How to Tell a Loved One That You Have Cancer
Having a cancer diagnosis can be an overwhelming and fearful experience. I remember not wanting to talk about it to anyone. My husband was given strict orders to tell no one of my illness. I was scared, did not want anyone’s sympathy, and feared that people would treat me differently. By saying the words out loud, it would make the cancer seem more real.
However, there are numerous reasons to share your cancer diagnosis. Cancer is too big a deal and scary to deal with alone. Knowing about your illness allows people to give you needed support. Once I began to talk about my cancer diagnosis, I welcomed the kind words and acts of kindness from friends and family. The following are some recommendations and my experiences for when you feel ready to share the news.
Find the right time and place
The news should be shared in a calm, controlled manner. You may want to do it somewhere private, where the person can react. My most difficult task was to tell my loving adult son. We are very close, and I knew the news that I had cancer would be very painful. I chose to tell my son calmly, in a non-rushed manner, in my living room when we were alone. We were both able to react, cry, support, and hug each other. It is not something I would ever want to do again.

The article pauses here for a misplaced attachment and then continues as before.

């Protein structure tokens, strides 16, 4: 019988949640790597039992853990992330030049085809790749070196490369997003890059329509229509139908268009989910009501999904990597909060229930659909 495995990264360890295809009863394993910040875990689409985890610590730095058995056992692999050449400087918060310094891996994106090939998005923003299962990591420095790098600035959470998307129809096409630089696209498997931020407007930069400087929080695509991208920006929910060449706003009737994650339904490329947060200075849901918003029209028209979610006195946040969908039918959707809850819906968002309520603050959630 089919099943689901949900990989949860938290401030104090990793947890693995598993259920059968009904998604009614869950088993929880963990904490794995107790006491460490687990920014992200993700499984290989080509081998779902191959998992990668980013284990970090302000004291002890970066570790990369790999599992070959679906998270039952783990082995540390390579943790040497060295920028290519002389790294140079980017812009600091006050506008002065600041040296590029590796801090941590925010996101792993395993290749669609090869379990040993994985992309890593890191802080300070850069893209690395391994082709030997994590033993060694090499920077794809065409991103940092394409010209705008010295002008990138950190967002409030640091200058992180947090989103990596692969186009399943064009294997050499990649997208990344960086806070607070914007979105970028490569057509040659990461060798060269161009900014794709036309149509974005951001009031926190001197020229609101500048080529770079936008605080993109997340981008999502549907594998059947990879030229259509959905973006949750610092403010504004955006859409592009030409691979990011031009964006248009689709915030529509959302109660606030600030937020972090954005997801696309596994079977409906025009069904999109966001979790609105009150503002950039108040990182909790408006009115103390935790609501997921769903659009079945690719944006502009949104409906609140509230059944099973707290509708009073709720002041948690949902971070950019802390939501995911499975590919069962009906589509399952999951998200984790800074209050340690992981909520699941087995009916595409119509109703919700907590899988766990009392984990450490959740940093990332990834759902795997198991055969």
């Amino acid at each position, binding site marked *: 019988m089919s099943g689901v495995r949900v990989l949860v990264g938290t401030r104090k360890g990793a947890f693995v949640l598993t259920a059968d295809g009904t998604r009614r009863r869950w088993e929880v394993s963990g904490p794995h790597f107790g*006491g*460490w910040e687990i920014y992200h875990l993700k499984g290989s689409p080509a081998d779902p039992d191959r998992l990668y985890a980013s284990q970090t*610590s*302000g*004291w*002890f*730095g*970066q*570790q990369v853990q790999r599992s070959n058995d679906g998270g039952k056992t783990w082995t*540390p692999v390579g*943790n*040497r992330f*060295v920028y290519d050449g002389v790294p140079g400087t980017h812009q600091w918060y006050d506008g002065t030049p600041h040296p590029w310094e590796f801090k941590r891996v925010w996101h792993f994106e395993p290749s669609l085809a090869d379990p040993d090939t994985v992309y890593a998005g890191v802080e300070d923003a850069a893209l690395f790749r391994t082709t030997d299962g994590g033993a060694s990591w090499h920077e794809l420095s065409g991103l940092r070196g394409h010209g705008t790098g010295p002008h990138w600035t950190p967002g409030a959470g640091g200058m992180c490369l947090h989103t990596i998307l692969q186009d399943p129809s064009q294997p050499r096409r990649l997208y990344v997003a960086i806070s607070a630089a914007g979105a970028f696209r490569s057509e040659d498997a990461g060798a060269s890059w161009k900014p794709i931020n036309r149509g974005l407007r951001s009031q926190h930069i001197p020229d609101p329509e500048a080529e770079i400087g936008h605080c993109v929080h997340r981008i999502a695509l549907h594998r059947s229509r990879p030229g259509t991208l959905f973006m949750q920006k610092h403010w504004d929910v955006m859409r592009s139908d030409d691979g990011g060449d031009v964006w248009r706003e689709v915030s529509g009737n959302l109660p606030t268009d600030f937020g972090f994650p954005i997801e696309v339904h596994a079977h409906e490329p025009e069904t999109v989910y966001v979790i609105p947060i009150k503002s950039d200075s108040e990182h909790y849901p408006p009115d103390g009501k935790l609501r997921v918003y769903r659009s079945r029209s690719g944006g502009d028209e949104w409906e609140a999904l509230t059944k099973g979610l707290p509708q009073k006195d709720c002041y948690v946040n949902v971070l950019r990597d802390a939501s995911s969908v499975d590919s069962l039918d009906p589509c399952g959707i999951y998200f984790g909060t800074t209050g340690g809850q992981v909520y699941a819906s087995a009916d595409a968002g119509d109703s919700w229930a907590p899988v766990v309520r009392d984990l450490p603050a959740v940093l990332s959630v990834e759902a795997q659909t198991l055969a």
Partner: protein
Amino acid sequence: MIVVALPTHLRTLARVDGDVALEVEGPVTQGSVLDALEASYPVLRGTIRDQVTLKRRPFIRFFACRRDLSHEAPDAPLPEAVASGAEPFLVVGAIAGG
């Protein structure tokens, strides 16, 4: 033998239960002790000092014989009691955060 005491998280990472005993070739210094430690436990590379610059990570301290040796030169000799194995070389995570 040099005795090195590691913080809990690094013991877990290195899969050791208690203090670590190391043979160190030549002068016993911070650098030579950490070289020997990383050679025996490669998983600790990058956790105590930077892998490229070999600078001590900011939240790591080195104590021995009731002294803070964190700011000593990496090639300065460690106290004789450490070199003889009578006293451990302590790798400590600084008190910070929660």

Although I felt overwhelmed, and not sure how he would react, I decided to be honest. I was unsure of the words to use but wanted my son to be informed.
Try to keep your relationship with friends or family strong. Hard times are when you need each other the most. Let them know that you still want them in your life. When you feel up to it, make plans to enjoy their support.
Considerations for speaking to children
It is important that a young child know that it is not their fault that a family member has cancer and that no one can “catch cancer”.1 The child may feel angry, scared and sad. Stress that the family will work together to cope, and that the child will be taken care of. You may want to focus on how your cancer will affect the child’s daily routine and emphasize that the child will always be loved.1
Let people in
Try not to hide from the world. My first thought was to avoid friends and family. I initially did not want to talk about my disease. I soon learned that by letting people in, I opened myself to receiving more help and support.
Telling your loved ones about your disease can be a difficult task. I have found the above suggestions useful and hope, when you are ready, they will support you as well.
Have you taken our In America Survey yet?